Along with fellow artists Gabriele Münter, Franz Marc, and a few others, Kandinsky founded the avant-garde group Der Blaue Reiter, one of the two faces of German Expressionism. A network of loose-knit artists rather than a coherent group, they were united by the aim to pursue the spiritual dimension of art, which they saw as the means to transcend reality and escape the alienation of the modern era. With the outbreak of World War I in 1914, the Der Blaue Reiter Project came to an end and the group members parted ways. Kandinsky returned to Russia where he spent the following 8 years highly involved in the national cultural institutions having directing positions in both the Institute of Artistic Culture and the Museums of Painterly Culture.

Wassily Kandinsky, Der Blaue Reiter
Wassily Kandinsky, Study for the cover of Der Blaue Reiter

In 1922, he returned to Germany once again, following the political cooling and deceptive stability of post-World War I Europe. He had an imperative role within the Bauhaus, proponent of the synthesis of fine and applied arts to public and societal benefit. At the Bauhaus, Kandinsky taught the design class for beginners, and a course on his newly-developed color theory based on elements of form psychology. Growing older, he approached the final stage of his devotion to painting as the ultimate manifestation of spirituality; the rigidity of his geometric work was left behind in favor of the universal shape of the circle and increasingly organic pictorial images.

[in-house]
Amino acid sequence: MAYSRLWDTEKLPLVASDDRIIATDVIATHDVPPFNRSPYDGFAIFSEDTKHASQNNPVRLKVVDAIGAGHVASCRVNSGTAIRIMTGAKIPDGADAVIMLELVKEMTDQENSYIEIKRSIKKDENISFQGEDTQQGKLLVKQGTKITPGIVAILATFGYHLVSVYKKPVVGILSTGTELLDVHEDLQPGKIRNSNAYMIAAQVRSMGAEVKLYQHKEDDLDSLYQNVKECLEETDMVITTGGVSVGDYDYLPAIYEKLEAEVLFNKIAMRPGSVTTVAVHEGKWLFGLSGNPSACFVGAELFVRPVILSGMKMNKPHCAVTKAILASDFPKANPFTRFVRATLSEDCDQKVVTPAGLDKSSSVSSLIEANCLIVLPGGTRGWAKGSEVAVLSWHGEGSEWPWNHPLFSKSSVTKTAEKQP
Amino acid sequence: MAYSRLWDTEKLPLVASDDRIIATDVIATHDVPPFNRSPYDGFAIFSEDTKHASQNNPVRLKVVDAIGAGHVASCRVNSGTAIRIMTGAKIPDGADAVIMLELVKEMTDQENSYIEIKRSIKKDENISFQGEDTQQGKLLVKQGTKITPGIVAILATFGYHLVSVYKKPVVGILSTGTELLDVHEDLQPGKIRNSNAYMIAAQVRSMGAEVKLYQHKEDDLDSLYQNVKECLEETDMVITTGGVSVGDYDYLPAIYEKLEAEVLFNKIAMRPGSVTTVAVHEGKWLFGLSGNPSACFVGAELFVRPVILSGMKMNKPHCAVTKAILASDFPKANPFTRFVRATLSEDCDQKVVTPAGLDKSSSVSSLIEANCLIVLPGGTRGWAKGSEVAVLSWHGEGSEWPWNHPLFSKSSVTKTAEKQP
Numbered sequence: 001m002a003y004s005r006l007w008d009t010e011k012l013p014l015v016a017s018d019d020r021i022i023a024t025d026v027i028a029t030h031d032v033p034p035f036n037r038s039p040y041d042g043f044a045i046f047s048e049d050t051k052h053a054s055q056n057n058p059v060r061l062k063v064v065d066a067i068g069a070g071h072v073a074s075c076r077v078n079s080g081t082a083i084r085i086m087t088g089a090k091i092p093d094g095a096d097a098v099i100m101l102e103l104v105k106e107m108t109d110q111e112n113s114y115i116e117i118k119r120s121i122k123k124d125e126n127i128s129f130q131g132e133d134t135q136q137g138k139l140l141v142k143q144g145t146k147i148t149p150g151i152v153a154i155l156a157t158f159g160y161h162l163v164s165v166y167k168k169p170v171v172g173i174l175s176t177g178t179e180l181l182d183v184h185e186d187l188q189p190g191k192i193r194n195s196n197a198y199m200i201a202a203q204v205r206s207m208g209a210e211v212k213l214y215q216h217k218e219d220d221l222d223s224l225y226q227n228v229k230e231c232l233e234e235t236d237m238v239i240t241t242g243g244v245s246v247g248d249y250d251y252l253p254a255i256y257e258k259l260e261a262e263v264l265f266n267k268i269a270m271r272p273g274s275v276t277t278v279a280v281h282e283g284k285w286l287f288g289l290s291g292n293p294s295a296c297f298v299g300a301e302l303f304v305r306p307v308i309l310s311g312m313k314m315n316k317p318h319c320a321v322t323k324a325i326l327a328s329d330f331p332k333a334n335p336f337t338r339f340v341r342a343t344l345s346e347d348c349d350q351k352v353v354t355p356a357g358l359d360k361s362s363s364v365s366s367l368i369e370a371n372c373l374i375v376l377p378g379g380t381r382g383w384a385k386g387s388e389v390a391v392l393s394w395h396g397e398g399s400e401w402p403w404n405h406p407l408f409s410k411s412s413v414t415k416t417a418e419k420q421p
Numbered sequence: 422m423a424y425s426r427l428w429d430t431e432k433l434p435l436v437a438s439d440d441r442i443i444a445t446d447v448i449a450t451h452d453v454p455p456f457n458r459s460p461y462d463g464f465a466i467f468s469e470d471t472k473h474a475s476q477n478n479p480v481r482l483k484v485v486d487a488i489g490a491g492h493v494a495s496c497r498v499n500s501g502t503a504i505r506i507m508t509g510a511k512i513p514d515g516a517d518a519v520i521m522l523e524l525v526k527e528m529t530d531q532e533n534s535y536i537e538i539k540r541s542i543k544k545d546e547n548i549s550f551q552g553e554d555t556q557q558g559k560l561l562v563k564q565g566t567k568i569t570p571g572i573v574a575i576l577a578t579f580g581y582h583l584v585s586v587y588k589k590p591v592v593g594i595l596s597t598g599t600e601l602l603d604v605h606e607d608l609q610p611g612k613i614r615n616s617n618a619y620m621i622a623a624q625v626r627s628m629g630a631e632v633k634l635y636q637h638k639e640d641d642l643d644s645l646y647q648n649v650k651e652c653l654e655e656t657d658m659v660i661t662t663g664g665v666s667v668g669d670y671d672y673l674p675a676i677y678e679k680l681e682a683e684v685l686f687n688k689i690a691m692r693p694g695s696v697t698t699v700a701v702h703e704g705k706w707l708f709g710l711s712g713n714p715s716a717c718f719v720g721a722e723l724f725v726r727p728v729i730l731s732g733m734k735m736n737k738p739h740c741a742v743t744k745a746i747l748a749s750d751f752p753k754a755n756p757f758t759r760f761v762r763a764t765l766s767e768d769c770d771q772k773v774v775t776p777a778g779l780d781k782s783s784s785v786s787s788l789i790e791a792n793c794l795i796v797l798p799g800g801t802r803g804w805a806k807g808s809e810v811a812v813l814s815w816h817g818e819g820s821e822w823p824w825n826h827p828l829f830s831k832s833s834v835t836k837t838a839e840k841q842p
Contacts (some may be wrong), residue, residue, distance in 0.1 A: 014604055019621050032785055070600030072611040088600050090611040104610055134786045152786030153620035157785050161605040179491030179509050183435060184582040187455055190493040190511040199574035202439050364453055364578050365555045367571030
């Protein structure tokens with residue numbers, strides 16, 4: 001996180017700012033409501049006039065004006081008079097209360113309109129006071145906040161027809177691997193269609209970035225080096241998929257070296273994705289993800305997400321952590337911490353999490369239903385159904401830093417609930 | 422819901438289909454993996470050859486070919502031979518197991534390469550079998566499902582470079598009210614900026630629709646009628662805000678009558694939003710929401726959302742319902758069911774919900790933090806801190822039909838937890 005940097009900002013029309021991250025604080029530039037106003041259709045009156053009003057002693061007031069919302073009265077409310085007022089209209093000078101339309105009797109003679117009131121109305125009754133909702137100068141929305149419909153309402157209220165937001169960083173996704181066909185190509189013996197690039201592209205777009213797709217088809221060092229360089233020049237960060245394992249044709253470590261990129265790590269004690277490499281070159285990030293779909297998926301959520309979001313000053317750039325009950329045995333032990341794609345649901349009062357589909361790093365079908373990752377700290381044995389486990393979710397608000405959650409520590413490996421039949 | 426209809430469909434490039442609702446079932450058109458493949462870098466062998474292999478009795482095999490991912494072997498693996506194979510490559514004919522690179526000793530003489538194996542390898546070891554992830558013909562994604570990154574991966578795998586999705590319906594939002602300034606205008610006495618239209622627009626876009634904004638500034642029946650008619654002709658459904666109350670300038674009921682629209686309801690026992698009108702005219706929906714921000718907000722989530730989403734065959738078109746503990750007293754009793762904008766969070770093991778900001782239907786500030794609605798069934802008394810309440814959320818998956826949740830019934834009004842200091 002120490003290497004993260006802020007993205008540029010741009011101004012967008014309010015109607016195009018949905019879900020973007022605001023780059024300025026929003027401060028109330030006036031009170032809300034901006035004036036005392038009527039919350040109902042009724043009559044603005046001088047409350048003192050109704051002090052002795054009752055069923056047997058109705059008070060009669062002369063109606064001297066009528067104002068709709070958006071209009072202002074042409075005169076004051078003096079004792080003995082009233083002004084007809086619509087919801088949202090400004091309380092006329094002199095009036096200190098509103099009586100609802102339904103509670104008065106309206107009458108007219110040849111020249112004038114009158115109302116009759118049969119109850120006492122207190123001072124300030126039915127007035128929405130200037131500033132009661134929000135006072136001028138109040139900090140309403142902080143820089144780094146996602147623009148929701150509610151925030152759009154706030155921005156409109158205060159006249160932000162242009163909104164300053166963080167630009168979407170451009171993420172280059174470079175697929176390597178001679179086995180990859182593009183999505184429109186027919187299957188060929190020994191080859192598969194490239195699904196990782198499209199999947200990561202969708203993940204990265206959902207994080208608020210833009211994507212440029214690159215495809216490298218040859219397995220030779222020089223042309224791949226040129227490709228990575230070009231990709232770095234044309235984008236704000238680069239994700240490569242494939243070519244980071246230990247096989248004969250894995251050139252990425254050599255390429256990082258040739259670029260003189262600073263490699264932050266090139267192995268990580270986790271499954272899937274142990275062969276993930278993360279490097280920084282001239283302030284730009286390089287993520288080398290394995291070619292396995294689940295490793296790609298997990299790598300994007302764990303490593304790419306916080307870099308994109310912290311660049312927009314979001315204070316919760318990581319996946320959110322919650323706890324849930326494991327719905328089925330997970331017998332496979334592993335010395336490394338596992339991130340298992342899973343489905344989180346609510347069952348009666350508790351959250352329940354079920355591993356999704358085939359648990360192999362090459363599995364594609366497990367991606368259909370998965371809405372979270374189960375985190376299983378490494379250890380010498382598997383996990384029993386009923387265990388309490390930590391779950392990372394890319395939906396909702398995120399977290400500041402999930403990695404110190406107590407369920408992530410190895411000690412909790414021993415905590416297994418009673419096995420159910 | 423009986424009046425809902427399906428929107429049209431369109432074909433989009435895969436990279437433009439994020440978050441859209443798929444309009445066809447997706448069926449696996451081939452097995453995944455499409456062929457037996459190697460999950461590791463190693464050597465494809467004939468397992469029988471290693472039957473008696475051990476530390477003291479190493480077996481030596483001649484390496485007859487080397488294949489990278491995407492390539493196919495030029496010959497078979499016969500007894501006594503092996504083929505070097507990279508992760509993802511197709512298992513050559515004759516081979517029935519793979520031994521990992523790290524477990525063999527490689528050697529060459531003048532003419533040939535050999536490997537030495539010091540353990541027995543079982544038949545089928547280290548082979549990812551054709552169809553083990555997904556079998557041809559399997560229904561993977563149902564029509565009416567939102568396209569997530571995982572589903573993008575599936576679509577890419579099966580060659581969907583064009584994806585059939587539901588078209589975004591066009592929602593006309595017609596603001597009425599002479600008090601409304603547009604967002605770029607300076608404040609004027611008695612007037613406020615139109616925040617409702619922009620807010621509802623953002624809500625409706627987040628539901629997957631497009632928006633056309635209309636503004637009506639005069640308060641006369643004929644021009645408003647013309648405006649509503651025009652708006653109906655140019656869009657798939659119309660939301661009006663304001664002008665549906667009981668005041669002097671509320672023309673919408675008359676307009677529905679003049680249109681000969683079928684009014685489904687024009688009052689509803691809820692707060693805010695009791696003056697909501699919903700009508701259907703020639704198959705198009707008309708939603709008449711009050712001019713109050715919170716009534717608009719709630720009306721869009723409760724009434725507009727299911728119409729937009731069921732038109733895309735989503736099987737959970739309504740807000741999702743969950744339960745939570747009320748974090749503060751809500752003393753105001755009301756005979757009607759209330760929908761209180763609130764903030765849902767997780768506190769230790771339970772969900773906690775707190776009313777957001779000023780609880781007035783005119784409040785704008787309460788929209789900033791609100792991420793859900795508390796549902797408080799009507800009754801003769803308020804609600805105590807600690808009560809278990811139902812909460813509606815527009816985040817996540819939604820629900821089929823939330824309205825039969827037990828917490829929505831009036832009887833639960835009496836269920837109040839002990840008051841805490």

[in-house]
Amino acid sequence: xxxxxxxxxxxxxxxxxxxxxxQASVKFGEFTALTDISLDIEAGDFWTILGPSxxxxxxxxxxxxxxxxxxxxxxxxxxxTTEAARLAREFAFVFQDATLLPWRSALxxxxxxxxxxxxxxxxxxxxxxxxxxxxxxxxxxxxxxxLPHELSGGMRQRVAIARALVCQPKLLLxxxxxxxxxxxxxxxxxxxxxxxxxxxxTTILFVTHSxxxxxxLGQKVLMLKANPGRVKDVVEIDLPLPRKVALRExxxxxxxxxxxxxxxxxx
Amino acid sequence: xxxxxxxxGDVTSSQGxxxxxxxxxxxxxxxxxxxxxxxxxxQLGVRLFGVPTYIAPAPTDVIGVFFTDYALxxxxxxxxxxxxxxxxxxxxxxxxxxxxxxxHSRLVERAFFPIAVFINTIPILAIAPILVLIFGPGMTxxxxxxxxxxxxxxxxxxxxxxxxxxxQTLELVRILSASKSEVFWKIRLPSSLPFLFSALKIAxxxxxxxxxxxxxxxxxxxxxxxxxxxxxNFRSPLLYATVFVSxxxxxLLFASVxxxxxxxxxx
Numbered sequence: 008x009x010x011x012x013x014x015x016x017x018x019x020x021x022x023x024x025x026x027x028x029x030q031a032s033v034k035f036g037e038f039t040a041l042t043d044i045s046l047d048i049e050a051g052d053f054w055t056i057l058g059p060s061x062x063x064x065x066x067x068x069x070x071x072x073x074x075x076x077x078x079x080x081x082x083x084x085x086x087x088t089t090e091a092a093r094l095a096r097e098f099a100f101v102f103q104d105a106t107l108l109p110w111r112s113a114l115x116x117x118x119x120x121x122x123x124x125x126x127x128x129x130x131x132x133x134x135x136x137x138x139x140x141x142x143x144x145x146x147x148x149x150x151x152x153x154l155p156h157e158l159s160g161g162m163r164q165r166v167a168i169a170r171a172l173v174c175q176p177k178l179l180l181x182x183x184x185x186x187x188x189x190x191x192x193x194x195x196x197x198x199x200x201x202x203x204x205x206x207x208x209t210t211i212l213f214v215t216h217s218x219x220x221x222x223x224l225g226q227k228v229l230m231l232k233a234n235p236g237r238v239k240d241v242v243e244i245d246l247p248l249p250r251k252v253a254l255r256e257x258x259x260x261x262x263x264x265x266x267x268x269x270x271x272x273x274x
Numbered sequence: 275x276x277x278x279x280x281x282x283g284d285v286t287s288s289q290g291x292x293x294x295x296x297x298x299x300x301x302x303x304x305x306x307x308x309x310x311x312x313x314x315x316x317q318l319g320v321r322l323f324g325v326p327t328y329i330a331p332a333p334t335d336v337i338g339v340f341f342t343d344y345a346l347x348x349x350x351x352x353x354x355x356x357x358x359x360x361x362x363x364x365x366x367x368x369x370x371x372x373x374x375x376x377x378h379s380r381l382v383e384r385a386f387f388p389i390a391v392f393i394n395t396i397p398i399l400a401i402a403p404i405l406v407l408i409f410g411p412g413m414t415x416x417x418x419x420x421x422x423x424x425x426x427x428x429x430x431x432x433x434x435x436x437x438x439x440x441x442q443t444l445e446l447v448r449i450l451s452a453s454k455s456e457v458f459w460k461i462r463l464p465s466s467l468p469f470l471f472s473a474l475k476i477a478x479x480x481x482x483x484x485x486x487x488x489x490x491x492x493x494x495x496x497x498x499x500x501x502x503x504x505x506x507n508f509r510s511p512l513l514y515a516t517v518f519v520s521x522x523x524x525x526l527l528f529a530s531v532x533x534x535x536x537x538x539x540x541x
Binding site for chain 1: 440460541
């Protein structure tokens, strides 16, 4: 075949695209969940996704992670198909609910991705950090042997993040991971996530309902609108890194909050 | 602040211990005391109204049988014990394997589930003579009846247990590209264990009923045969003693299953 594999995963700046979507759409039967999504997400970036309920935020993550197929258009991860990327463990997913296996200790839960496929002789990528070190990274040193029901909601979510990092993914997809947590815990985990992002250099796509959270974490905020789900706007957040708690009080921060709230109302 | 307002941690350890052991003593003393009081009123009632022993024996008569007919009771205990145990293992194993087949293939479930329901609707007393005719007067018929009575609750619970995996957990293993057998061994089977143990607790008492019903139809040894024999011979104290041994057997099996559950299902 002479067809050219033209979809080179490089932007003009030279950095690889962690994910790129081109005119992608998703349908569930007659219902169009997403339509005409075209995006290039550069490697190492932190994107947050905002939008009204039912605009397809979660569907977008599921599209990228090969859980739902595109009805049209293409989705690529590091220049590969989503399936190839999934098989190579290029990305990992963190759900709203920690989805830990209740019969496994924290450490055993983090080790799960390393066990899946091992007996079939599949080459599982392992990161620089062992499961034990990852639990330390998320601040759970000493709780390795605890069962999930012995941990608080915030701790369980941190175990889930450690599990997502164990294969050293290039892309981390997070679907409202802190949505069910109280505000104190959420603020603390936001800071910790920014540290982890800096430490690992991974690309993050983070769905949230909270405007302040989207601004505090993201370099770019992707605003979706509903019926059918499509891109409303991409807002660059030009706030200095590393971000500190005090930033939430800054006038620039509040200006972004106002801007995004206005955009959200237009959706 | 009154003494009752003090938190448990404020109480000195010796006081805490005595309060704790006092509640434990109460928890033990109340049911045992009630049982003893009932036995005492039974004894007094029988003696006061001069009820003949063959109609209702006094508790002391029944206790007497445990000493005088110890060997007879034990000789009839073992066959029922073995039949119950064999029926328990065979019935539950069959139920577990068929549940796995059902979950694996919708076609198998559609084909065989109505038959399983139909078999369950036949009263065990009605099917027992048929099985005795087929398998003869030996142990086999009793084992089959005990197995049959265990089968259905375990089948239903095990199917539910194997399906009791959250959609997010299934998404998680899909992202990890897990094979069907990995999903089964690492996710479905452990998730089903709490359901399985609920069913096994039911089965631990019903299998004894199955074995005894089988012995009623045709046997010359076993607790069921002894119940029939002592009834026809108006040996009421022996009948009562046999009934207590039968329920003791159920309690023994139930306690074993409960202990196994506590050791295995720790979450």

The progressive principles held by the Bauhaus and the artists associated with this movement were subject to the increased persecution residing over the cultural sphere taking shape in the formation of Nazi Germany. Kandinsky, in particular, found himself in the spotlight of Nazism’s purge of the so-called ‘degenerate art’. In 1933, the Bauhaus was forced to close and all its activities were halted. Kandinsky fled to France, where he would spend the remainder of his life until his death in 1944.

Wassily Kandinsky - Yellow-Red-Blue
Wassily Kandinsky, Yellow-Red-Blue, 1925

Was Kandinsky the First in Abstraction?